STRICT STANZA POEMSThese lines of poetry are organized so that they form a pattern, which is repeated throughout the piece. The word “stanza” means “room” in Italian, and so one could think of stanzas as places that have to be big or small enough to “contain” what’s inside them. Stanza breaks, or the spaces between stanzas, indicate a small pause (like a very short hallway between rooms). Unless working within a strictly dictated form like a sonnet or villanelle, the length of strict stan-zas is something a poet has to decide on her/his own, based on desired timing, effects caused by enjambment, how the poet wants the poem to look on the page, what the poem seems to be doing “on its own,” and gut instinct. In other words, many poems featuring strict stanzas are also written in free verse. See the section on Free Verse for more explication.

Here are some poems written in strict stanza forms:

Couplets (pairs of lines) “When My Birth Mother Said Goodbye” (p. 118), “After the Text” (p. 227), “Mom & I Have the Longest Talk Ever” (p. 257), “Charmed” (p. 259), “Like a Tree” (p. 261)

Tercets (three-line stanzas) “Jan Sends Me to a Facebook Page” (p. 28), “My First Time at The Rock, 1: Recognition” (p.

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34), “In the Lounge, Waiting for Dryers” (p. 43), “Ms. R in the Park” (p. 49), “Jan & Jade Arrive at GCT to Stand By Me at the NYPL” (p. 56), “As Winter Term Nears Its End . . . ” (p. 75), “The Butter Cure” (p. 161), “Visiting Dad’s Bench . . . ” (p. 171), “Won’t I Ever Learn?” (p. 194), “Train Ride, Easter Saturday” (p. 216), “Good News While Studying in the Park” (p. 221), “No Joke: One Might Say She’s ‘Taken’” (p. 233), “Kate Texts Bob, Who Sets Up a Family Conference Call” (rhymed aba cdc efe, etc.) (p. 237), “We Three (Henri, Rhett, & Me)” (p. 244)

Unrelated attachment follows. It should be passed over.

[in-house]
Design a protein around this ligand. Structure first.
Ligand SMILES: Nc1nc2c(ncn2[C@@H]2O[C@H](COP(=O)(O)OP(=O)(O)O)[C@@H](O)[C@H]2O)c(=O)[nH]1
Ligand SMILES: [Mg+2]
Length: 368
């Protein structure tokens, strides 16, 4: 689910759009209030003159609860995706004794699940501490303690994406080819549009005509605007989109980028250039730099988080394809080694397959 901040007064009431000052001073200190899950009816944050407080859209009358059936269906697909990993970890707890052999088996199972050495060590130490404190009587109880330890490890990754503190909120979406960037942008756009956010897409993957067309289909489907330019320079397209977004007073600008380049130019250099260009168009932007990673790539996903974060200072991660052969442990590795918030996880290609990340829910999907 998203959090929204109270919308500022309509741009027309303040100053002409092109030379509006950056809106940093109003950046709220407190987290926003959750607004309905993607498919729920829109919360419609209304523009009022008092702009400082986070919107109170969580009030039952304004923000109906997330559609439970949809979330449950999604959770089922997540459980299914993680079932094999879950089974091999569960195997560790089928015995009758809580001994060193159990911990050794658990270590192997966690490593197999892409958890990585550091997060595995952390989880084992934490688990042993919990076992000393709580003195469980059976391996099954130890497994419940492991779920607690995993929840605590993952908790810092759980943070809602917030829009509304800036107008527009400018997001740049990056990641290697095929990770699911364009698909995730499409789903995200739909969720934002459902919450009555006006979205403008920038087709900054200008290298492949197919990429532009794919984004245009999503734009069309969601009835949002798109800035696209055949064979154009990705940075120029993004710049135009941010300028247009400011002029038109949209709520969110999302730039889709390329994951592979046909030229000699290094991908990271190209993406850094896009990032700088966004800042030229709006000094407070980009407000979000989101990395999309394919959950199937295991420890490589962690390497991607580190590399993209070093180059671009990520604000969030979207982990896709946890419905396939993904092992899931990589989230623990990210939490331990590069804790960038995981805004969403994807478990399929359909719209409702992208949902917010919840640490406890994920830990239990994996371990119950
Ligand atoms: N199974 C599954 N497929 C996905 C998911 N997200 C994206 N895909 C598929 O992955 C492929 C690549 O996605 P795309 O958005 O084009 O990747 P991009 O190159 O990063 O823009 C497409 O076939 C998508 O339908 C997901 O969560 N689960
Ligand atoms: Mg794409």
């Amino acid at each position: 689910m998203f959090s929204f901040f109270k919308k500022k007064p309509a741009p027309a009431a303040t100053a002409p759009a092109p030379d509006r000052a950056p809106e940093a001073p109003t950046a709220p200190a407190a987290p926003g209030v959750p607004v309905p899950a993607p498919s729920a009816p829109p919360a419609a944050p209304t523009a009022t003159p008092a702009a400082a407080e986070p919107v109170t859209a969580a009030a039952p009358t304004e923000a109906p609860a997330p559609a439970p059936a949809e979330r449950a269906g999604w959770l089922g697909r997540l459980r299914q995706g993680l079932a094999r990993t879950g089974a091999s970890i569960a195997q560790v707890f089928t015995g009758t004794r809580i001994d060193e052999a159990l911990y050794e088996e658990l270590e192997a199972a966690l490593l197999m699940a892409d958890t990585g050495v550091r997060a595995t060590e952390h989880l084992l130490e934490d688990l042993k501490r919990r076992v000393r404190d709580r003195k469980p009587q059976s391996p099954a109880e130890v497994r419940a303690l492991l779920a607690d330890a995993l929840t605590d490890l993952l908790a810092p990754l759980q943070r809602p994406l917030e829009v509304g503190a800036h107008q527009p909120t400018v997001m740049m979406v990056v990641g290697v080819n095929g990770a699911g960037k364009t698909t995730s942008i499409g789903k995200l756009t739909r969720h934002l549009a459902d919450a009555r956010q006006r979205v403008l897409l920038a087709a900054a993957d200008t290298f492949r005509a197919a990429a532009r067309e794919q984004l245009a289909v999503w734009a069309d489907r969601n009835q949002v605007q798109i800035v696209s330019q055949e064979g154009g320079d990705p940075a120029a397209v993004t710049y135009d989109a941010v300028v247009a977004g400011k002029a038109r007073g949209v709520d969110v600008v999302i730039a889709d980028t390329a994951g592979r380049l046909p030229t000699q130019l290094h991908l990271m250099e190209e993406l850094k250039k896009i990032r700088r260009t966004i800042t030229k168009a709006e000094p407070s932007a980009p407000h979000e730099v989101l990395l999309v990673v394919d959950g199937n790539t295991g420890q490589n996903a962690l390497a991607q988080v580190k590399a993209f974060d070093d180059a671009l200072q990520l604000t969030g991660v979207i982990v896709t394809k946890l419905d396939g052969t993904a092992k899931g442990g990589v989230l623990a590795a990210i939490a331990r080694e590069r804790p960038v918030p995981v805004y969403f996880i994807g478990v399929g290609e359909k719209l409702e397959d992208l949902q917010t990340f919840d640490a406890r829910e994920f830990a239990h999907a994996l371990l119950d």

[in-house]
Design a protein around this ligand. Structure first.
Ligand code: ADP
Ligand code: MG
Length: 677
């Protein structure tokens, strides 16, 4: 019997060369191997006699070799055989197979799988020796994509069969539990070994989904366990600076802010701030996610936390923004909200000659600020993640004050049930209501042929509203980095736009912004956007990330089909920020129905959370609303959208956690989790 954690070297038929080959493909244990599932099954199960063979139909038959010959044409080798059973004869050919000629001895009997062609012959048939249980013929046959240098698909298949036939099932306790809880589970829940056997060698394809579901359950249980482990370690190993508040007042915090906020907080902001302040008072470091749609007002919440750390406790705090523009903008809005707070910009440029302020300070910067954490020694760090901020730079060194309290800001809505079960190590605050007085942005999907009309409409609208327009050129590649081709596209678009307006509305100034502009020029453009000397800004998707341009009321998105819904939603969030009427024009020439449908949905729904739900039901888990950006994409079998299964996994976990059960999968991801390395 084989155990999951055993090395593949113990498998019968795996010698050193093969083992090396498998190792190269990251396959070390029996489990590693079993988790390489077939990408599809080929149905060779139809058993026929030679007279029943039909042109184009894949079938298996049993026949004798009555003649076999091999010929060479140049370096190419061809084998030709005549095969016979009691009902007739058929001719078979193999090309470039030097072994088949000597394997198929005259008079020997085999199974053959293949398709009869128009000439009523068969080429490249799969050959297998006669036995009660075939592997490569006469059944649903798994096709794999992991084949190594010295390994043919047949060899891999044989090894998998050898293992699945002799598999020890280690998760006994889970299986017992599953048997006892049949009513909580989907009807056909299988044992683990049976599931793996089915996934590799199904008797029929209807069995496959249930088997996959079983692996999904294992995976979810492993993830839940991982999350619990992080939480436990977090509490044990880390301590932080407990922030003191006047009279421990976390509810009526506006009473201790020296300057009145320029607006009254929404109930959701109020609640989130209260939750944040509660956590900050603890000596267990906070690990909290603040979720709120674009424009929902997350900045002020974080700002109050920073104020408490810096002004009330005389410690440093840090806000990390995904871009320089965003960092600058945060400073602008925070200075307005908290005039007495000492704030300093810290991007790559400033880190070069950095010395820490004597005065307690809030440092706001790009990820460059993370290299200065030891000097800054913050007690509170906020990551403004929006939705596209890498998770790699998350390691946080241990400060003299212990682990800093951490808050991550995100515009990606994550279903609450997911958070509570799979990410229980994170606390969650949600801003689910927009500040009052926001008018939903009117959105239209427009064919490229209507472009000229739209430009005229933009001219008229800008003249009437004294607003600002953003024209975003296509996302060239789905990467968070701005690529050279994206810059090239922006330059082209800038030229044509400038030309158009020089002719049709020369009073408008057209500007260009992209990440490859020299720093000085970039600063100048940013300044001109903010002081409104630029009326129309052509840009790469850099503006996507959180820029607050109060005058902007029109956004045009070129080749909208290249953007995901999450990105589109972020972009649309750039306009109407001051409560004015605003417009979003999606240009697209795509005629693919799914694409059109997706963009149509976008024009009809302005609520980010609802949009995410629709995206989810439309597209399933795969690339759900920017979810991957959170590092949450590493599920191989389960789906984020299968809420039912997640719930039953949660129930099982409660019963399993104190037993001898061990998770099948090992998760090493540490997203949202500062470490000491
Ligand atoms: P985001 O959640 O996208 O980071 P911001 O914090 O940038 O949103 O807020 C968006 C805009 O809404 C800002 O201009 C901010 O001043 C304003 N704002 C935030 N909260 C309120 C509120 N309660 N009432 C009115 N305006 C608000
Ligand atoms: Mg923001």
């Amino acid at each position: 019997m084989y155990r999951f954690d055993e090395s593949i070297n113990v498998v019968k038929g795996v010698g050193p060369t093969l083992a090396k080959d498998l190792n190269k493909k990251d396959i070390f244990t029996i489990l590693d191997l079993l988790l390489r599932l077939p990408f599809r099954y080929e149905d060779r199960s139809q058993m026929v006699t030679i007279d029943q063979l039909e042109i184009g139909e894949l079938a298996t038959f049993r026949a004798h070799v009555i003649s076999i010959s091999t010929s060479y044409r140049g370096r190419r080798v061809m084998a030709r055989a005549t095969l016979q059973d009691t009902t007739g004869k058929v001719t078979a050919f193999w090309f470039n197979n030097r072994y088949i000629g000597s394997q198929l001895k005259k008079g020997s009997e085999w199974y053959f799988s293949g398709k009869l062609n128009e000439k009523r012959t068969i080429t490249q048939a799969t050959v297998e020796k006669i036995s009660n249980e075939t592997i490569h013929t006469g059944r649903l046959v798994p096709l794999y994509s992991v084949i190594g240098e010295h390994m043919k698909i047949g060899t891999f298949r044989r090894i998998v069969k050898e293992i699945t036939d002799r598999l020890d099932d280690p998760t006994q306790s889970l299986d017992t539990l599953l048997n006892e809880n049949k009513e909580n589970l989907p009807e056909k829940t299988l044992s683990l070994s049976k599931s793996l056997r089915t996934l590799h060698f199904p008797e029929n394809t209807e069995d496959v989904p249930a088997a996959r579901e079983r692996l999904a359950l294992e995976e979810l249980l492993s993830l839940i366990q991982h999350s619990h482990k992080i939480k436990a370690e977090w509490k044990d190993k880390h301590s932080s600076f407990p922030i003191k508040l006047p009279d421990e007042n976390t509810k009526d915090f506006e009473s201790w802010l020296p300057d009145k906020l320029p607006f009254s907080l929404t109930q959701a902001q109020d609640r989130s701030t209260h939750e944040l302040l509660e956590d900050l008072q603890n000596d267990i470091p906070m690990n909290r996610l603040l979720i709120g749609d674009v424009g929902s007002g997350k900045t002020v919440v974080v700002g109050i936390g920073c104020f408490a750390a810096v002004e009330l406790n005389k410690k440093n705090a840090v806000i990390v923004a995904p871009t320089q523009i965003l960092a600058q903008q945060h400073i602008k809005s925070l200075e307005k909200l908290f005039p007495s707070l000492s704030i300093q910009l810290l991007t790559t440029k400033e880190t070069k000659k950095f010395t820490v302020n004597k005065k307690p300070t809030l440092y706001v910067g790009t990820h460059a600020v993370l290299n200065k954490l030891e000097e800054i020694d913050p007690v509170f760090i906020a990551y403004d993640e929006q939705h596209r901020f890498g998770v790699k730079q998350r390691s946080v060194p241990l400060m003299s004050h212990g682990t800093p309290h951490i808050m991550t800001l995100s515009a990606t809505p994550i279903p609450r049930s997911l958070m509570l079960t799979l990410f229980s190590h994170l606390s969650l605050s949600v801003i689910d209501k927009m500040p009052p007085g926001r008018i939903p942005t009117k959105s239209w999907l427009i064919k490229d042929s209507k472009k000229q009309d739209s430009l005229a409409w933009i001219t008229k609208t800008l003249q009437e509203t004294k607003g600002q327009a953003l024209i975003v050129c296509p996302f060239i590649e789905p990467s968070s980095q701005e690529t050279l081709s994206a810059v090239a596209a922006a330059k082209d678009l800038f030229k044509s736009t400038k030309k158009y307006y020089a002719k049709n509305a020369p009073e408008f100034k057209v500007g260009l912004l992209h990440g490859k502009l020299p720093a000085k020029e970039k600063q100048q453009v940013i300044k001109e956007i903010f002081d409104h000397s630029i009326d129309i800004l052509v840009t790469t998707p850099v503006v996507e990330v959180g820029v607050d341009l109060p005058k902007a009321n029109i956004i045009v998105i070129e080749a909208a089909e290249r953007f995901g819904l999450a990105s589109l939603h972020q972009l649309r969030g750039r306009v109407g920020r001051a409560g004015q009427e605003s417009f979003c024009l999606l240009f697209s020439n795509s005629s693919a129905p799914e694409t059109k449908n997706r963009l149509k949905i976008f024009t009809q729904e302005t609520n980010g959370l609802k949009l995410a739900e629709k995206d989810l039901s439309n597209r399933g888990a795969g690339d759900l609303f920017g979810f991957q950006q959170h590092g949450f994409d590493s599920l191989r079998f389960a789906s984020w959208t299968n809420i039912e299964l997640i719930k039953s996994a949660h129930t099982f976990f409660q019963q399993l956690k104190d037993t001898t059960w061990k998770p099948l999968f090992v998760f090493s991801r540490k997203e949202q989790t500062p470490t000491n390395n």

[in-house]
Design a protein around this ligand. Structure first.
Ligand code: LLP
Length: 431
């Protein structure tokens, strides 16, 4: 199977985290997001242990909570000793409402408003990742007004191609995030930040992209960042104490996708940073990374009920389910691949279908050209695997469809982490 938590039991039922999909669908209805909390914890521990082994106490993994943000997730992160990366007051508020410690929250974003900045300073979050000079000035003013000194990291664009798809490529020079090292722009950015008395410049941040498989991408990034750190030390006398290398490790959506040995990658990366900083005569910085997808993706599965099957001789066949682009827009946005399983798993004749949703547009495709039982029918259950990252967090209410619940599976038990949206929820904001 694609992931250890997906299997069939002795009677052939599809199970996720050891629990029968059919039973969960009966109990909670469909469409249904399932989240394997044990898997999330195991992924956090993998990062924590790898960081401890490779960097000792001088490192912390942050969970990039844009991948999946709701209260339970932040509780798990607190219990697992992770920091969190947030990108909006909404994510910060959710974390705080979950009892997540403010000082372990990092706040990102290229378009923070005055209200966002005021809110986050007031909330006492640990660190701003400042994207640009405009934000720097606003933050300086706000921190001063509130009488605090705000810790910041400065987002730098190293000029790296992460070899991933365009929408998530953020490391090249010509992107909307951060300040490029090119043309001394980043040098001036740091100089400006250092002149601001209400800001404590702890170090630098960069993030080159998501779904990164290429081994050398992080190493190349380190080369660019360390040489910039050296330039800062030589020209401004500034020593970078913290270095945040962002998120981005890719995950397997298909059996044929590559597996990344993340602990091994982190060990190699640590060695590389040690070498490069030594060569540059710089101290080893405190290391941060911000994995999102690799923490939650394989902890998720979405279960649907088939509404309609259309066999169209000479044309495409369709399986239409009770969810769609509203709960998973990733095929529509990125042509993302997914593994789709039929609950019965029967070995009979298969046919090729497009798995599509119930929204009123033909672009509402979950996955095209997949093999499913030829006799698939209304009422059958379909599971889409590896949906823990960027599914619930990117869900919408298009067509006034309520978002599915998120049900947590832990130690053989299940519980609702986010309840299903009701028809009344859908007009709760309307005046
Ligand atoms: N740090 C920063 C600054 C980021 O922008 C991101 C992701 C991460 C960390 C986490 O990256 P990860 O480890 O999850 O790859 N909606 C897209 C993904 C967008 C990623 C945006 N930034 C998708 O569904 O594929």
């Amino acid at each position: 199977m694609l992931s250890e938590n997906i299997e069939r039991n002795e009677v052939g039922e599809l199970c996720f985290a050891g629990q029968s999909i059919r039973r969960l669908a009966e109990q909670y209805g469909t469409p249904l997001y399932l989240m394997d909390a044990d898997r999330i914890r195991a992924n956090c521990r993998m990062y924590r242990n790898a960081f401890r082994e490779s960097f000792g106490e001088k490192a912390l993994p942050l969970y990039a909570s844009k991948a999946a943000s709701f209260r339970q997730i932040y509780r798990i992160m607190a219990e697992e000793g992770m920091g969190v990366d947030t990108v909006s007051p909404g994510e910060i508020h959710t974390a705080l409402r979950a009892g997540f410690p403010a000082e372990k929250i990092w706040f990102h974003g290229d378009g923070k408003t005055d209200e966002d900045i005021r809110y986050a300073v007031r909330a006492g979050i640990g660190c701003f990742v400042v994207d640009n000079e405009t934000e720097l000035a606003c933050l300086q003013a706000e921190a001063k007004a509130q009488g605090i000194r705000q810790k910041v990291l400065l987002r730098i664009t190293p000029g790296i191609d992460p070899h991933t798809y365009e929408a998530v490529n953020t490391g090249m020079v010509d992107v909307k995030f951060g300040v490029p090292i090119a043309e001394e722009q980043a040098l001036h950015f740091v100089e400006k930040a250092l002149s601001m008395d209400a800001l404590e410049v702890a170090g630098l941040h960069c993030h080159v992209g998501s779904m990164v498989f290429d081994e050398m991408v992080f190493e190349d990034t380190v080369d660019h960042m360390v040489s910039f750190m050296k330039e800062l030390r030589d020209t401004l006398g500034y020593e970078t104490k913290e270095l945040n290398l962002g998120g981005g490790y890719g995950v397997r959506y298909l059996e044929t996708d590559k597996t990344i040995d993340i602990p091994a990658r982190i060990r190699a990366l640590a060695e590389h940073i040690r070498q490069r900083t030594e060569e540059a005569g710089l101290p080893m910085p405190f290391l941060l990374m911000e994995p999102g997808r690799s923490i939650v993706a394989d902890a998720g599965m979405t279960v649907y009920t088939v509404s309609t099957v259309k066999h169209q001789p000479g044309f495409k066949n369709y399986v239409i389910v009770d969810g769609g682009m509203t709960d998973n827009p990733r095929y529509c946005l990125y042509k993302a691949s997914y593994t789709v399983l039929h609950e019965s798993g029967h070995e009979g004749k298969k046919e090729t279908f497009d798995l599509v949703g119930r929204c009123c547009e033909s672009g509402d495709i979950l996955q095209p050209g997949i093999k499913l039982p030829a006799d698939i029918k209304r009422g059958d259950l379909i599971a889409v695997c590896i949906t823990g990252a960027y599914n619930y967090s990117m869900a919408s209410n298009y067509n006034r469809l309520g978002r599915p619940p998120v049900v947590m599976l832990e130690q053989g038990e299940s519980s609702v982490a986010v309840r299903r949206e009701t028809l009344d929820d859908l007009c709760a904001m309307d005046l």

Quatrains (four-line stanzas) “Frozen: My First Student Reading/Mixer at the Café Du Monde” (p. 147), “(Other) Mother” (which ends with a tercet) (p. 185), “Easter Saturday Lunch” (p. 217)

Cinquains: (five-line stanzas) “Native New Yorker” (p. 50), “No More Shame” (p. 25), Late Sunday Morning Surprise” (p. 67), “Poetry Reading at the Lillian Vernon House: Spring Series” (p. 84), “Surprise in Profile” (p. 152), “Scrabble” (p. 167), “On Second Thought” (p. 180)

Sestets: (six-line stanzas) “Back at Mack’s Auto” (p. 169), “April First” (p. 199), “The Workshop Challenge” (p. 209)

Septets: (seven-line stanzas) “Lounge Party to Celebrate End of Winter Term, Start of Spring” (p. 78), “At Gertie’s Diner” (p. 158)

Octaves: (eight-line stanzas) none

Others“Lucky” (p. 6) and “Rough” (p. 142) (nine-line stanzas), “My Almost Party . . . ” (11-line stanzas) (p. 191)

SYLLABIC VERSE“In the Lounge, Waiting for Dryers” (p. 43), “Native New Yorker” (p. 50), “Open Secrets” (p. 64), “Rhett’s Anti-Bad-Dream Prescription” (p. 112), “In Workshop Today” (p. 125), “Won’t I Ever Learn?” (p. 194), “The Rest of April First” (p. 201) “Confronting Ruth” (p. 211).

In this form, the determining feature is the number of syllables in a line, as in “In the Lounge . . . ” (p. 43), which has 10, 8, and 6 syllables per tercet. The tercets are also rhymed (aba, dce, efe, etc.).